Three South Carolina hospital systems last week inked an agreement that would place control of the systems under a single not-for-profit company.
The plan would consolidate the major hospital systems in the three largest cities in northwest South Carolina under one parent corporation.
The deal is part of the wave of regional hospital consolidation that's sweeping across South Carolina.
In late December, for example, three hospitals in and around Columbia, S.C., unveiled a proposed merger-like partnership that would give them control of more than 80% of the acute-care market (Jan. 1, p. 22). Also, last week Columbia/HCA Healthcare Corp. completed an affiliation agreement with the university hospital in Charleston, S.C., which will become the for-profit chain's tertiary hub in that market (See story, p. 18).
All the deals have been proposed following the 1994 passage of the state's hospital antitrust exemption law. The law immunizes hospitals from antitrust scrutiny if they can prove that the benefits of their deal, such as lowering costs or improving quality, outweigh any anti-competitive risks.
The latest systems to pursue a regional consolidation strategy are the seven-hospital, 1,174-bed Greenville (S.C.) Hospital System, 459-bed Anderson (S.C.) Area Medical Center and 444-bed Spartanburg (S.C.) Regional Medical Center.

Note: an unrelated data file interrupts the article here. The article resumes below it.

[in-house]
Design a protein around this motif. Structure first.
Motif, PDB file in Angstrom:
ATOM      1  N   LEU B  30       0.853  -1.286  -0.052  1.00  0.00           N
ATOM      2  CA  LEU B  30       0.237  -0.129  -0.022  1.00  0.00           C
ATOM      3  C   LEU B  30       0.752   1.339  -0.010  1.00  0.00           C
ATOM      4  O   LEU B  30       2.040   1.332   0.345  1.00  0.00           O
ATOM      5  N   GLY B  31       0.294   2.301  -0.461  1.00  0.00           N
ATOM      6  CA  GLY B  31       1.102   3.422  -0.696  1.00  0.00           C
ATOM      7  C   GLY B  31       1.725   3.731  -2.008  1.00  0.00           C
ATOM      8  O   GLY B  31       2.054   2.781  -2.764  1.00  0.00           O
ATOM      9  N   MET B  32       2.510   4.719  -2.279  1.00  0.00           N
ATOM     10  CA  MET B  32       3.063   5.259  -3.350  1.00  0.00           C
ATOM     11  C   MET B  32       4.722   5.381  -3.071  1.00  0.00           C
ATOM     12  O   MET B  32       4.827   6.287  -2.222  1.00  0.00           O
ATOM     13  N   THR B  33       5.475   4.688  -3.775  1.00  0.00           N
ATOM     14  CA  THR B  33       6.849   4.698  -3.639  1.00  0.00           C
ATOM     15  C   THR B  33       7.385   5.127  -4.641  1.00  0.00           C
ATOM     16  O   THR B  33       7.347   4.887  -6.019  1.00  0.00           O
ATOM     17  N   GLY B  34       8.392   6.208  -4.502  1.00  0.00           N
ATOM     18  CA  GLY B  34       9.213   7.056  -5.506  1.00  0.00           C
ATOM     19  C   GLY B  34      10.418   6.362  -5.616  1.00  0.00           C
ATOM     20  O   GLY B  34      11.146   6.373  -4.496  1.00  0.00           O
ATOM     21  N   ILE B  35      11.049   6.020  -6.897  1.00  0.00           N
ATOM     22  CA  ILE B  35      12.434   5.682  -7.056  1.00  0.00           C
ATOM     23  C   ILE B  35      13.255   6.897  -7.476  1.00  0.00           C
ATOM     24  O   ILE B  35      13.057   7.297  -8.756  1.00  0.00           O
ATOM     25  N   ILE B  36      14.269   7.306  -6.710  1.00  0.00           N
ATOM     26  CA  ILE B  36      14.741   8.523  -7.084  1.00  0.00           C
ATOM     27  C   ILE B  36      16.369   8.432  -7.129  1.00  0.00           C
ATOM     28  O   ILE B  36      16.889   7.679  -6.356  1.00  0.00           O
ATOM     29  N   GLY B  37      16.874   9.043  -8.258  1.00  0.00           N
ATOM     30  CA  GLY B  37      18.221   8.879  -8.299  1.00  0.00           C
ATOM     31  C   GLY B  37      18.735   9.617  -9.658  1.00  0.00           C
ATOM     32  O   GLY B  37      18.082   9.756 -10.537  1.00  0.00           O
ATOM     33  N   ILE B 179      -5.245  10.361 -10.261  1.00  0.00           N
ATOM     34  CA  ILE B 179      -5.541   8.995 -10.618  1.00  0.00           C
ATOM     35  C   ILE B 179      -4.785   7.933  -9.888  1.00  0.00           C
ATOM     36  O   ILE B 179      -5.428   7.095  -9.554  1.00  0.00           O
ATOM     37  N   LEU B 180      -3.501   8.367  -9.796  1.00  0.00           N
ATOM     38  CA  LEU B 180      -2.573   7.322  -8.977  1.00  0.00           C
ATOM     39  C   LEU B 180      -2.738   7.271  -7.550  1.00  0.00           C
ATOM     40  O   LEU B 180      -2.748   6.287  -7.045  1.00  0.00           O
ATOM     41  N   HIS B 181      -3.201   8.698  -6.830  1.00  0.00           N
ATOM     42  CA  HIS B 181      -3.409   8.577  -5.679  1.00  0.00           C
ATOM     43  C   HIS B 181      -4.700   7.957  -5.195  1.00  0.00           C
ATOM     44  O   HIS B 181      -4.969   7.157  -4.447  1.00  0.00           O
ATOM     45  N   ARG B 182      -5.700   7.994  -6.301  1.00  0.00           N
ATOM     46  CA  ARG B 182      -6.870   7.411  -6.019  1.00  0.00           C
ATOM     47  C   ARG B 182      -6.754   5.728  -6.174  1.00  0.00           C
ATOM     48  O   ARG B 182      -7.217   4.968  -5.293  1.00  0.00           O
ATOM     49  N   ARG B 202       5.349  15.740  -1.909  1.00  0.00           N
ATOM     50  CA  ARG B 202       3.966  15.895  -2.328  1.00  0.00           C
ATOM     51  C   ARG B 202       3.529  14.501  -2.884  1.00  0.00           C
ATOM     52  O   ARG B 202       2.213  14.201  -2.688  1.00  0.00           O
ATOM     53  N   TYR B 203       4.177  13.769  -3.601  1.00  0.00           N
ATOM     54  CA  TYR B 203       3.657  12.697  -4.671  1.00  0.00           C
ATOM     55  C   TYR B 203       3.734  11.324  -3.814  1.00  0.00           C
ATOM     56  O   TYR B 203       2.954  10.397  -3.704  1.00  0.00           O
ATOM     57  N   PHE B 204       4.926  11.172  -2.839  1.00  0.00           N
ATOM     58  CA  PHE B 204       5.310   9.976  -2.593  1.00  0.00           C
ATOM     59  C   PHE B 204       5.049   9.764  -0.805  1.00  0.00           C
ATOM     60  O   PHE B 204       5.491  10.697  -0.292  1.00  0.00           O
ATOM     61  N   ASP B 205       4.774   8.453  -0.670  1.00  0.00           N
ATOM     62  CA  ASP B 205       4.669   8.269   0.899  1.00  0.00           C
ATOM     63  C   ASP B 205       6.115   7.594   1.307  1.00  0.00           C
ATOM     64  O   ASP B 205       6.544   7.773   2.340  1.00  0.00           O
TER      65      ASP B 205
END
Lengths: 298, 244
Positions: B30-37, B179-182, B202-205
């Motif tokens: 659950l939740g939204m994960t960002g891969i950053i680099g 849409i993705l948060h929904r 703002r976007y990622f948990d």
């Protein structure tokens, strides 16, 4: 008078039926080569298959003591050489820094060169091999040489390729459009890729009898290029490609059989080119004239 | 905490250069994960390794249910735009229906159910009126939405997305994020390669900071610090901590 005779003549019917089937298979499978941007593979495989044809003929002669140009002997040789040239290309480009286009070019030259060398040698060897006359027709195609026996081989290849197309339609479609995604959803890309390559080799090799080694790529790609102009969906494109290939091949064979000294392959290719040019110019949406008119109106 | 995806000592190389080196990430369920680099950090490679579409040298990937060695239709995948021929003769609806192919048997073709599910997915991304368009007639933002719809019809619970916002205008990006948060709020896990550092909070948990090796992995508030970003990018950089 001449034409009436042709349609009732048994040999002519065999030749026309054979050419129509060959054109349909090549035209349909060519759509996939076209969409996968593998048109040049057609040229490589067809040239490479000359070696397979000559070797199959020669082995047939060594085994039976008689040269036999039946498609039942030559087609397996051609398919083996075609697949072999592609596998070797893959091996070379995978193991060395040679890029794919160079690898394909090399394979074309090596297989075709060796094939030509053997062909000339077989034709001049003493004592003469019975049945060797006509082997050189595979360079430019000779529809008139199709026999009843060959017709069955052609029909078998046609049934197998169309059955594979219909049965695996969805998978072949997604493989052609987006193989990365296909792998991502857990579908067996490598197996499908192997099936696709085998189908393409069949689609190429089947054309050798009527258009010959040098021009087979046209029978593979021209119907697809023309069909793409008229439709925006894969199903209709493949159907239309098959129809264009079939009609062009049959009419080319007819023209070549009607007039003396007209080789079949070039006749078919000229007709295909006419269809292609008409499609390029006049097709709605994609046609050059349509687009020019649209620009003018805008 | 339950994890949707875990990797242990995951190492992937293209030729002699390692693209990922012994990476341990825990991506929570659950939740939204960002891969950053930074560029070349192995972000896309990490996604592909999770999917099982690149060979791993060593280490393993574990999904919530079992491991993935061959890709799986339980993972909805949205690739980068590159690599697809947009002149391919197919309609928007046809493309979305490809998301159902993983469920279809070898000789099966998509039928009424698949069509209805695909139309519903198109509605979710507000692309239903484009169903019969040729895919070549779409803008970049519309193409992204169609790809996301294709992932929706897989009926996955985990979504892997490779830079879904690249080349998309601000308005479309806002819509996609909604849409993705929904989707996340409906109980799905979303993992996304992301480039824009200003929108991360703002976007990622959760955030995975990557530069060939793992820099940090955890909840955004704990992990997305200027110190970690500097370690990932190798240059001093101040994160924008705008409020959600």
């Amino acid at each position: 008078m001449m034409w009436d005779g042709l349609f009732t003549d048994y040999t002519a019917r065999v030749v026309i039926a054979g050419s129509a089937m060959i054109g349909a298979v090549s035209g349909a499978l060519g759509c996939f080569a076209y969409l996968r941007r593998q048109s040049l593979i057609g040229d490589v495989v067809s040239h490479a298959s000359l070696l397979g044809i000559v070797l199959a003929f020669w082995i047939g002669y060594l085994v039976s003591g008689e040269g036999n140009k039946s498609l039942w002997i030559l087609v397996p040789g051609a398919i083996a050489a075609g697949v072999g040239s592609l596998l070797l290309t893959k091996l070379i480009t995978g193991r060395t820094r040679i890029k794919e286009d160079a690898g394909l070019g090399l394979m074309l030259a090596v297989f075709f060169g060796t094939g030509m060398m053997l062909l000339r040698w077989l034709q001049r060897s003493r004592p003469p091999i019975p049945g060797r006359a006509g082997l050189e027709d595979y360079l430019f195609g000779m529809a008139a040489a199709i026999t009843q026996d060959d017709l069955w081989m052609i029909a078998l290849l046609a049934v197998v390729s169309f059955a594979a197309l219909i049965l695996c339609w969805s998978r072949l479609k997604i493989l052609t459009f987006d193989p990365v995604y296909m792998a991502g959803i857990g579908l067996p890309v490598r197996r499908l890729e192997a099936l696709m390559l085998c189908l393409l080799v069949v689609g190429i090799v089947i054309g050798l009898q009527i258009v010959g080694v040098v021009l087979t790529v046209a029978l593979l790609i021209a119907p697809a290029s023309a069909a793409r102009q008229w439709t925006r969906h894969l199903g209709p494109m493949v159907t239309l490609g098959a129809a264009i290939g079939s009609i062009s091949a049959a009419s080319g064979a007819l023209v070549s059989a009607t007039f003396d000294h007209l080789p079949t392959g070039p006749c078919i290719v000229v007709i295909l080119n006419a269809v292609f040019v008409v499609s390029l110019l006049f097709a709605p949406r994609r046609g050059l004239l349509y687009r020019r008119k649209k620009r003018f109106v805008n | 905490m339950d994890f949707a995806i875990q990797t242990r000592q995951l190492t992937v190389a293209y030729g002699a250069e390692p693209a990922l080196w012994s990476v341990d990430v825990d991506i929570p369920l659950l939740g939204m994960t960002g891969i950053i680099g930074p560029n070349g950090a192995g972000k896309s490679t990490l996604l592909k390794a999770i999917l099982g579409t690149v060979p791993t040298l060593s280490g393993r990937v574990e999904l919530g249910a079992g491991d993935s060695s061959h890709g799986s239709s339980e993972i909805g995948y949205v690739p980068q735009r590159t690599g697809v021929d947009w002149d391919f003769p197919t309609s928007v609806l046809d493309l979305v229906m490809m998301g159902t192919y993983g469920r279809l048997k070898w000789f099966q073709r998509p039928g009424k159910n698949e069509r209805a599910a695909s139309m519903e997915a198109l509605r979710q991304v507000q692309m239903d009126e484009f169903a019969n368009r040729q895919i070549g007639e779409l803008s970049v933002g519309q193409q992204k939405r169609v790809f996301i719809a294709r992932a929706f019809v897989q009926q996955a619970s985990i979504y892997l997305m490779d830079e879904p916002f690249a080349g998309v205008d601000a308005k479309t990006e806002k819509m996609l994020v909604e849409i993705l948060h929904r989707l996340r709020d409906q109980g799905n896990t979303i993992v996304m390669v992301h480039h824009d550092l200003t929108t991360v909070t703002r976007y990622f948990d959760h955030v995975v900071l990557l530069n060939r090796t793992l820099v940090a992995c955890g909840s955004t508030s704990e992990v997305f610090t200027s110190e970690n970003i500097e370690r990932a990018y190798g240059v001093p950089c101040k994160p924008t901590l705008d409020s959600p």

Greenville and Anderson had been working on a deal for some time; Spartanburg joined the negotiations last fall after its proposed merger with the other hospital in Spartanburg, Mary Black Memorial Hospital, fell through (Oct. 23, 1995, p. 32). Mary Black subsequently signed a joint-venture agreement with Quorum Health Group.
Under their proposal, the three systems would be governed by an 11-member board. Each system would appoint three members, and those nine members would then select two "at-large" members from the community.
The systems named Frank Pinckney, Greenville's president, to be the new organization's chief executive officer. Kirk Oglesby Jr., who heads Anderson, and Joseph Oddis, who heads Spartanburg Regional, will become executive vice presidents in the new company.
The new organization, tentatively called AGS System, hopes to become operational by early 1997.